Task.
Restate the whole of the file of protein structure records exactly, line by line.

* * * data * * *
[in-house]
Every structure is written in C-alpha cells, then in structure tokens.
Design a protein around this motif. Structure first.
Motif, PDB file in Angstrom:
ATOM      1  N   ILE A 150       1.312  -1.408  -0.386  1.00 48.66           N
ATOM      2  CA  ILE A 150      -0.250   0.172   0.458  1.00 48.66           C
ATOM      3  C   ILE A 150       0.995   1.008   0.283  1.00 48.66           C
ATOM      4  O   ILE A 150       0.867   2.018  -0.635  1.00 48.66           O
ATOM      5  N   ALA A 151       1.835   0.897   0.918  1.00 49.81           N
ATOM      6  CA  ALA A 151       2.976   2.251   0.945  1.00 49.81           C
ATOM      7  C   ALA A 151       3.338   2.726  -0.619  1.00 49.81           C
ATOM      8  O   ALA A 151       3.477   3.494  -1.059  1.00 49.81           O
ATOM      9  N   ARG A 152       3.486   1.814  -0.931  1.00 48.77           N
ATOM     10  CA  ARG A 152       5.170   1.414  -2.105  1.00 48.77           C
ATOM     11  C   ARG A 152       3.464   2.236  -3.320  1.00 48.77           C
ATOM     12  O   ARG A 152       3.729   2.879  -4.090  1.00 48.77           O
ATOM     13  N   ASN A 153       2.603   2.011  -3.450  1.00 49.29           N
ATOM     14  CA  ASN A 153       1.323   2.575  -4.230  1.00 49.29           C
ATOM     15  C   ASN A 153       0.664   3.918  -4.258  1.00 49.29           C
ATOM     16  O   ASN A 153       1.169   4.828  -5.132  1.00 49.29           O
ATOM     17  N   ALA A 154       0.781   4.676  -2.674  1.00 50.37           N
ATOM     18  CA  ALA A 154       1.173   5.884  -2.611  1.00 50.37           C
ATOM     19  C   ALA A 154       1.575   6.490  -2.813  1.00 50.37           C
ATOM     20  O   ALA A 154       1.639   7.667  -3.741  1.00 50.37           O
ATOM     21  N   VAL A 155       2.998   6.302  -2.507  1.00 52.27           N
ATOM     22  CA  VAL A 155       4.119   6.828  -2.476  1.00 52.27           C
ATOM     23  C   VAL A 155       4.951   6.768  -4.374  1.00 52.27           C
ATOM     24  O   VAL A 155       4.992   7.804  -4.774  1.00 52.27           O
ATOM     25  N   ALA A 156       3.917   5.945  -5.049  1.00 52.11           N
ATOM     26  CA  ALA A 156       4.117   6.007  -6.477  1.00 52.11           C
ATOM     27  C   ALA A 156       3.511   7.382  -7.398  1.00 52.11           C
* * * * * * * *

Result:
[in-house]
Every structure is written in C-alpha cells, then in structure tokens.
Design a protein around this motif. Structure first.
Motif, PDB file in Angstrom:
ATOM      1  N   ILE A 150       1.312  -1.408  -0.386  1.00 48.66           N
ATOM      2  CA  ILE A 150      -0.250   0.172   0.458  1.00 48.66           C
ATOM      3  C   ILE A 150       0.995   1.008   0.283  1.00 48.66           C
ATOM      4  O   ILE A 150       0.867   2.018  -0.635  1.00 48.66           O
ATOM      5  N   ALA A 151       1.835   0.897   0.918  1.00 49.81           N
ATOM      6  CA  ALA A 151       2.976   2.251   0.945  1.00 49.81           C
ATOM      7  C   ALA A 151       3.338   2.726  -0.619  1.00 49.81           C
ATOM      8  O   ALA A 151       3.477   3.494  -1.059  1.00 49.81           O
ATOM      9  N   ARG A 152       3.486   1.814  -0.931  1.00 48.77           N
ATOM     10  CA  ARG A 152       5.170   1.414  -2.105  1.00 48.77           C
ATOM     11  C   ARG A 152       3.464   2.236  -3.320  1.00 48.77           C
ATOM     12  O   ARG A 152       3.729   2.879  -4.090  1.00 48.77           O
ATOM     13  N   ASN A 153       2.603   2.011  -3.450  1.00 49.29           N
ATOM     14  CA  ASN A 153       1.323   2.575  -4.230  1.00 49.29           C
ATOM     15  C   ASN A 153       0.664   3.918  -4.258  1.00 49.29           C
ATOM     16  O   ASN A 153       1.169   4.828  -5.132  1.00 49.29           O
ATOM     17  N   ALA A 154       0.781   4.676  -2.674  1.00 50.37           N
ATOM     18  CA  ALA A 154       1.173   5.884  -2.611  1.00 50.37           C
ATOM     19  C   ALA A 154       1.575   6.490  -2.813  1.00 50.37           C
ATOM     20  O   ALA A 154       1.639   7.667  -3.741  1.00 50.37           O
ATOM     21  N   VAL A 155       2.998   6.302  -2.507  1.00 52.27           N
ATOM     22  CA  VAL A 155       4.119   6.828  -2.476  1.00 52.27           C
ATOM     23  C   VAL A 155       4.951   6.768  -4.374  1.00 52.27           C
ATOM     24  O   VAL A 155       4.992   7.804  -4.774  1.00 52.27           O
ATOM     25  N   ALA A 156       3.917   5.945  -5.049  1.00 52.11           N
ATOM     26  CA  ALA A 156       4.117   6.007  -6.477  1.00 52.11           C
ATOM     27  C   ALA A 156       3.511   7.382  -7.398  1.00 52.11           C